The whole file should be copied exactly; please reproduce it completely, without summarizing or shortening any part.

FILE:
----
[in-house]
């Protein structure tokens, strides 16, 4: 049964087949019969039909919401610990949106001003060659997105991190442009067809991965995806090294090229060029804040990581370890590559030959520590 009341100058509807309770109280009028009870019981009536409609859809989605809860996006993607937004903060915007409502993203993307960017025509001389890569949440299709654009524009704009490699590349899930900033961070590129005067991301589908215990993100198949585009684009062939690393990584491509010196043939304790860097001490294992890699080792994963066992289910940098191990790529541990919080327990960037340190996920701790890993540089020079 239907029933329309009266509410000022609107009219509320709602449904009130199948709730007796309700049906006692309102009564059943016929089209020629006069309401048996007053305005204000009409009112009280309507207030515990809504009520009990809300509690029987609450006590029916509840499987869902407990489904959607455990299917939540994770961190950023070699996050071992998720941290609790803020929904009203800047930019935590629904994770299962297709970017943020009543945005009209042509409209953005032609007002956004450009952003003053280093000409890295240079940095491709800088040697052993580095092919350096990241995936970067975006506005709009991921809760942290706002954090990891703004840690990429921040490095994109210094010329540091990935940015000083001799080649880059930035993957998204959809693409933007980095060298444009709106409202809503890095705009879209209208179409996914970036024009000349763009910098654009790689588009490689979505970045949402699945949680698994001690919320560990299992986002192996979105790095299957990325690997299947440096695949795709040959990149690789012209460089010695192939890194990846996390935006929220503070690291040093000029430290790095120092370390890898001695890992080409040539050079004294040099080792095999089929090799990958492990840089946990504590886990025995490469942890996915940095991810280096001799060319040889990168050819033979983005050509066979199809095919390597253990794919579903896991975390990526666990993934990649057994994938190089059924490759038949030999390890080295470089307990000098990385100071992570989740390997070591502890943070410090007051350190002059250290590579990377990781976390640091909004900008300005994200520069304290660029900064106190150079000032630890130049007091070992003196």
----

[in-house]
């Protein structure tokens, strides 16, 4: 049964087949019969039909919401610990949106001003060659997105991190442009067809991965995806090294090229060029804040990581370890590559030959520590 009341100058509807309770109280009028009870019981009536409609859809989605809860996006993607937004903060915007409502993203993307960017025509001389890569949440299709654009524009704009490699590349899930900033961070590129005067991301589908215990993100198949585009684009062939690393990584491509010196043939304790860097001490294992890699080792994963066992289910940098191990790529541990919080327990960037340190996920701790890993540089020079 239907029933329309009266509410000022609107009219509320709602449904009130199948709730007796309700049906006692309102009564059943016929089209020629006069309401048996007053305005204000009409009112009280309507207030515990809504009520009990809300509690029987609450006590029916509840499987869902407990489904959607455990299917939540994770961190950023070699996050071992998720941290609790803020929904009203800047930019935590629904994770299962297709970017943020009543945005009209042509409209953005032609007002956004450009952003003053280093000409890295240079940095491709800088040697052993580095092919350096990241995936970067975006506005709009991921809760942290706002954090990891703004840690990429921040490095994109210094010329540091990935940015000083001799080649880059930035993957998204959809693409933007980095060298444009709106409202809503890095705009879209209208179409996914970036024009000349763009910098654009790689588009490689979505970045949402699945949680698994001690919320560990299992986002192996979105790095299957990325690997299947440096695949795709040959990149690789012209460089010695192939890194990846996390935006929220503070690291040093000029430290790095120092370390890898001695890992080409040539050079004294040099080792095999089929090799990958492990840089946990504590886990025995490469942890996915940095991810280096001799060319040889990168050819033979983005050509066979199809095919390597253990794919579903896991975390990526666990993934990649057994994938190089059924490759038949030999390890080295470089307990000098990385100071992570989740390997070591502890943070410090007051350190002059250290590579990377990781976390640091909004900008300005994200520069304290660029900064106190150079000032630890130049007091070992003196």